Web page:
1. It would eventually be more than the 1%. My underwriter wants to use the 1% rule for approx $455, in the last two years of repayment i think it is around $700 each month. I am looking for a loophole- obviously, because I think the way the rule is worded and the way my verification is also worded I should be able to use the $256 payment. The rule says the actual payment if it full amortizes- which it does, and my verification letter says term: 119 months, based on the current principal balance and interest rate, your accounts total monthly payment amount will be 255.56. Obviously if I apply for a home loan in two years the amount would be different. I’m just wondering who has the final say? Will FHA deny the loan? will the underwriter get in trouble when my payment increases? No where on my verification letter does it say it is a graduated repayment. It is a grey area in my opinion- thanks for being a sounding board and I appreciate any further input you might have.

        comment by Patricia
        on 7.12.17 at 3.21 pm
        1. I spoke to an underwriter this morning about this. They stated that FHA will not allow a graduated payment, and that the 1% will be required.

          Your question about who has the final say? At the end of the day, it’s HUD/FHA. If HUD does not insure the loan, the lender who originated the loan is on the hook for an uninsured FHA loan. To a lender, that means you’ve got this loan on the books that you cannot sell, so that you can get your money back to lend to another borrower. It’s called an unsellable loan, or a buyback if the lender if forced to buy the loan back sometime in the future.

          Different lenders have different levels of tolerance for risk. Some lenders have their underwriters taking a very conservative stance, other lenders could take a less aggressive approach. My experience has always been that the rule is that an underwriter is going to take the absolutely most conservative approach to interpreting the guidelines.

          It is my opinion that if you are using FHA financing, your debt to income ratios will be calculated using 1% of the balance as a payment.

          comment by Scott Schang
          on 7.12.17 at 4.25 pm
  4. Hi, my husband owes 55k in student loans. He has decent credit. And he recently got a job with our county so he’s on the public service loan forgiveness program and since May qualified for a $0 monthly payment since he makes $43,200 and we are a family of 5. As of February when we spoke with a lender, we didn’t qualify because the debt to income ratio and he wasn’t on the program yet. Just wondering if you could tell me how being at $0 now would change from when he was ok deferment. I have bad credit due to hospital bills unfortunately. But like someone else who said who also happens to be frol Wisconsin, we’ve thought about divorcing so I don’t have to be included in the usda since I owe like $9k in hospital bills.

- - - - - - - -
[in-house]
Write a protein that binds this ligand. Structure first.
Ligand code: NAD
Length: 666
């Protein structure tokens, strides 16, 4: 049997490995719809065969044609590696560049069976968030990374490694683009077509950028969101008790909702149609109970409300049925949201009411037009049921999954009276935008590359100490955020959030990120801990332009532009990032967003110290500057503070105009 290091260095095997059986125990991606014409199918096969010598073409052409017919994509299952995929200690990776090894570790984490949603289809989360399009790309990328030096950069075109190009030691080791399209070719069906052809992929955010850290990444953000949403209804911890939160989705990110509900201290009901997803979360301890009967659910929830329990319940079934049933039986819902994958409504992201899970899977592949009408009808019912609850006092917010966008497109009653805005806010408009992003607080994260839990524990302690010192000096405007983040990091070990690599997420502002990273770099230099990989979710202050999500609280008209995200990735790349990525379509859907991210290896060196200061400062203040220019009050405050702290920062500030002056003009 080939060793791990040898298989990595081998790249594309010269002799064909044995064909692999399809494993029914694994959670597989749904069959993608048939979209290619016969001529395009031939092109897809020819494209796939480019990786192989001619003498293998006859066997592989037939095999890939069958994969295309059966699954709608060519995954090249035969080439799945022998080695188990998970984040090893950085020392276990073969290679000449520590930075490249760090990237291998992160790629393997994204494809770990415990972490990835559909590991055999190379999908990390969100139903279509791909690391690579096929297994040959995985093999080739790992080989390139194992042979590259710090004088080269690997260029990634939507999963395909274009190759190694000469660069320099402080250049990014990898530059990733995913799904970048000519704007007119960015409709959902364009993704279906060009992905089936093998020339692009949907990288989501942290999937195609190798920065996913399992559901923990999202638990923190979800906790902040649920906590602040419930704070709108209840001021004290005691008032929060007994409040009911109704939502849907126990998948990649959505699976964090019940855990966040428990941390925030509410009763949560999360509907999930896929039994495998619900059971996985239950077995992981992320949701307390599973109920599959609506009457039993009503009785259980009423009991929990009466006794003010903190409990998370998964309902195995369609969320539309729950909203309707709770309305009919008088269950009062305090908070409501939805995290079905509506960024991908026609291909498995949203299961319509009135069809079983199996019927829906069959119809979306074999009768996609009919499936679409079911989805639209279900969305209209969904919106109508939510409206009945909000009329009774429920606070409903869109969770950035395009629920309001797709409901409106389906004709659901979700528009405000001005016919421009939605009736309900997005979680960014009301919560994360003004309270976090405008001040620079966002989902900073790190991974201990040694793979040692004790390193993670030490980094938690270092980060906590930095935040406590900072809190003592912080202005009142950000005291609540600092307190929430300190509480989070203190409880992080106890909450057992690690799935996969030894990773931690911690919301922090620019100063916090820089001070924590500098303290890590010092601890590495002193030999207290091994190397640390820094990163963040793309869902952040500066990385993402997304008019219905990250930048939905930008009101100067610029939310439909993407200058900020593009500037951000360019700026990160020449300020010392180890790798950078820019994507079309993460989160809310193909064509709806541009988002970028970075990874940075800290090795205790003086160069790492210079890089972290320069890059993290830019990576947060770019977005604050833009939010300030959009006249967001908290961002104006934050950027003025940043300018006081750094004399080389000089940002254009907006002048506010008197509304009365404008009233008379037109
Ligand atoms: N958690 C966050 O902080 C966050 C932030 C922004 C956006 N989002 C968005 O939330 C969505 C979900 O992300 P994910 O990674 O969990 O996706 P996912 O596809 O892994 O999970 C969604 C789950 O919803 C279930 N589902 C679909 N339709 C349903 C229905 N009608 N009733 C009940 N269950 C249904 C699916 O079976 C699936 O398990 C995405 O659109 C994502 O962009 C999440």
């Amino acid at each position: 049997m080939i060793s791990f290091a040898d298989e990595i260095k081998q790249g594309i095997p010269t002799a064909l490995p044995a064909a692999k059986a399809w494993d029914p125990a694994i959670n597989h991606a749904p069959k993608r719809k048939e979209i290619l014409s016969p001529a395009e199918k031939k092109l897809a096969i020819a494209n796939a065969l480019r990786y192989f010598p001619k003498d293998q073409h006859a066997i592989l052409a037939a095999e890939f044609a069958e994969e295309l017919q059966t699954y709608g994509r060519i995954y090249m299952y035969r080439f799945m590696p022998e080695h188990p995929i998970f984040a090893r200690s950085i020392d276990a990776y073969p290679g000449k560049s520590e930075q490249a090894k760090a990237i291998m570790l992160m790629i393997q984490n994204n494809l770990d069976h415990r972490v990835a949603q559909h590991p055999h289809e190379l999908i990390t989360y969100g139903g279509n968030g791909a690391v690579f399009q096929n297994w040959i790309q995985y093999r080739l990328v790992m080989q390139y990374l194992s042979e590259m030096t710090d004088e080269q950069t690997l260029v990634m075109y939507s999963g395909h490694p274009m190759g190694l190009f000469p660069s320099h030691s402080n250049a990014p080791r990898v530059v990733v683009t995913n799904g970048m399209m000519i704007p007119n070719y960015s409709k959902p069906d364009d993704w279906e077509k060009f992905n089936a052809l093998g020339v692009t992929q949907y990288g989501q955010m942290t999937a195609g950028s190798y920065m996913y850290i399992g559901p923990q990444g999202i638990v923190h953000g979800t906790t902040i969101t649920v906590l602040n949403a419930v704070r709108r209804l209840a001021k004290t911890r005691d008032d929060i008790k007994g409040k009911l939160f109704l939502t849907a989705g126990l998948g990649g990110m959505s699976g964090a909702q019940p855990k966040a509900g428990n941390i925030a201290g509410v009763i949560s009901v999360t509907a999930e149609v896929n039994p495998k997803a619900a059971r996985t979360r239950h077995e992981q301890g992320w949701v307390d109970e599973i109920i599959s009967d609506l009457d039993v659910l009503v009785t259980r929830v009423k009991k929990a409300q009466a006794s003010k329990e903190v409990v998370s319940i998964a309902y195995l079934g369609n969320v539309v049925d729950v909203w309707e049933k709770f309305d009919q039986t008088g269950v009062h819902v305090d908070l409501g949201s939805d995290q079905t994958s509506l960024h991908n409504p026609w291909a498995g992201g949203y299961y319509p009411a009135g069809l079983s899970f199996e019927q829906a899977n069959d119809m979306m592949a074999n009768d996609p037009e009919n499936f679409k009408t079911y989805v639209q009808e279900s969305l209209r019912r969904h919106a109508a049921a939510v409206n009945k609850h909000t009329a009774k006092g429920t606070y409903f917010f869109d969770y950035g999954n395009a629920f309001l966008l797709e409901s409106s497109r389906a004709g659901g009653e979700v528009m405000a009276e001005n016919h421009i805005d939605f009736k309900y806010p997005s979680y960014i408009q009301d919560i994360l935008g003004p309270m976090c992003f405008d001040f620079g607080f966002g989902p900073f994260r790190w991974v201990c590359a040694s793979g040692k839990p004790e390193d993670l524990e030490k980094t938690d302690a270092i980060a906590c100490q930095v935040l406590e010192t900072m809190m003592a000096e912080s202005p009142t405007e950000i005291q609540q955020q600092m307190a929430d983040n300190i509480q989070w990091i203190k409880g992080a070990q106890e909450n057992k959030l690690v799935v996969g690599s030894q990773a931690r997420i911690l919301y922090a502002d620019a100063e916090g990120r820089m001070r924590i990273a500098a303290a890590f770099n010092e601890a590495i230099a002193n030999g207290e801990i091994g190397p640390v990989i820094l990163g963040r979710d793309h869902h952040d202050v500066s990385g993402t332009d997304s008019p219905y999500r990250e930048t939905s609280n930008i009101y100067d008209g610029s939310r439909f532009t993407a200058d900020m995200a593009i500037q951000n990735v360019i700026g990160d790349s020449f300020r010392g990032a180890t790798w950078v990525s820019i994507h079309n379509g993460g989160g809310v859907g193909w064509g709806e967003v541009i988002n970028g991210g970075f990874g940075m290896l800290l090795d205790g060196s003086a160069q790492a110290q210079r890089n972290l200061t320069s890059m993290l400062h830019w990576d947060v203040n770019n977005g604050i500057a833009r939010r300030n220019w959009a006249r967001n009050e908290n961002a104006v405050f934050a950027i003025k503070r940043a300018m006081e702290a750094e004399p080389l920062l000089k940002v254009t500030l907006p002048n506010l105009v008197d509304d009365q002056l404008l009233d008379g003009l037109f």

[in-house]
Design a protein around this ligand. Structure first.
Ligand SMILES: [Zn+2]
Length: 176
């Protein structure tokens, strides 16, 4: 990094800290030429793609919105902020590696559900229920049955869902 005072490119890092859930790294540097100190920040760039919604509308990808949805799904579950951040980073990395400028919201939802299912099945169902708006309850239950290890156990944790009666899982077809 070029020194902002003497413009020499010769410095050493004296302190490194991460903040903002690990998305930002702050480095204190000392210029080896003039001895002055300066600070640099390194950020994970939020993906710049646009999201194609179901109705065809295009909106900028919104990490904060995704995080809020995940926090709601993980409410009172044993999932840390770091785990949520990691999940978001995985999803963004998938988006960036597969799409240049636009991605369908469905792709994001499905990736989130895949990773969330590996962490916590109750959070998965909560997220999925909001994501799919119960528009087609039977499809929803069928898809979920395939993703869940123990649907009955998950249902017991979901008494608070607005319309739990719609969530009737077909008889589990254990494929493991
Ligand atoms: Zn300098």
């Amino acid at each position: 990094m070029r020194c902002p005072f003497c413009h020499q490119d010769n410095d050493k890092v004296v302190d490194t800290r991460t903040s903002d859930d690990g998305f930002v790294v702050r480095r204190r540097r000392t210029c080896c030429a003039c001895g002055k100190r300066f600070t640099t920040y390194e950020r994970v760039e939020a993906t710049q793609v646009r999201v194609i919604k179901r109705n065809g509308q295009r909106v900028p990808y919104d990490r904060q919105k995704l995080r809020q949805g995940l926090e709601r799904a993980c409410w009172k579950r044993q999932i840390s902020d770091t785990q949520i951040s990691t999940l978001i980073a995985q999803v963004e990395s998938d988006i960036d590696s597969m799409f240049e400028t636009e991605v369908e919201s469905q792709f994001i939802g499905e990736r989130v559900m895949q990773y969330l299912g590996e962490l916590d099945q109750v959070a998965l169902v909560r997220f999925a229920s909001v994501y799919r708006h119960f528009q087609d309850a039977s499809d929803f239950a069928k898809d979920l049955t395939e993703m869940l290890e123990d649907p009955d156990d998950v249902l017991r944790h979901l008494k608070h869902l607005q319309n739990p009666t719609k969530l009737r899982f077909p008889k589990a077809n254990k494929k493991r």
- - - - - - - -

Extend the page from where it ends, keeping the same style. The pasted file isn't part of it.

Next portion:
comment by Elle
    on 7.11.17 at 4.41 pm
    1. I meant husband**

      comment by Elle
      on 7.11.17 at 4.42 pm
      1. I figured that out and fixed it 🙂

        comment by Scott Schang
        on 7.11.17 at 5.06 pm
    2. Hi Elle,

      As long as the student loan is not currently deferred, you can use conventional financing with a little as 3% down payment. Conventional financing will allow you to use a $0 IBR payment when qualifying.

      USDA is going to require you to use 1% of the loan balance when calculating your debt to income ratios. That basically adds a $55 debt to your liabilities for the purposes of qualifying.

      Divorcing should not be an option, and would not be an issue with a Conventional loan. If you medical bills are in collection status, most automated underwriting systems will not require that medical collections be paid.

      With a Conventional loan, you do not have to be on the loan, and your credit score will not hurt your ability to qualify.

      Hope this helps?

      P.S. I have a fantastic lender that has a lot of experience with IBR payments. I will make an introduction by email.

      comment by Scott Schang
      on 7.11.17 at 4.48 pm
      1. “I have a fantastic lender (in Wisconsin) that has a lot of experience with IBR payments. I will make an introduction by email.” You wrote this to a person from Wisconsin. I am on the 6th or 7th lender/loan rep who insists that I have to calculate the 1% into my total debt. I pay zero on the IDR repayment plan. Is that the same as IBR? I would love your person’s name also so I can get on with my life and buy a residence instead of spending my days researching, emailing and worrying no one will give me the loan. Thank you!!

        comment by Jackie Ponich
        on 7.18.17 at 7.01 pm
        1. Hi Jackie,

          Yes, I have a great lender in WI that can help. They can also help with your other question regarding automated underwriting decisions.

          I will send an introduction by email now. You should see their contact info in the next 10 minutes.

          Hope this helps

          comment by Scott Schang
          on 7.19.17 at 9.33 am
  5. HI I just had my lender tell me tat I can not get approved for an FHA loan because my student loans are 75,000 and with the 1% it will put me over the debt/income ratio limit. I can not get a traditional loan because I am only 2 years out of bankruptcy. Is there any way around this. My student loans are currently in IBR status with $13 a month payments.

    comment by Nicole
    on 7.7.17 at 2.51 pm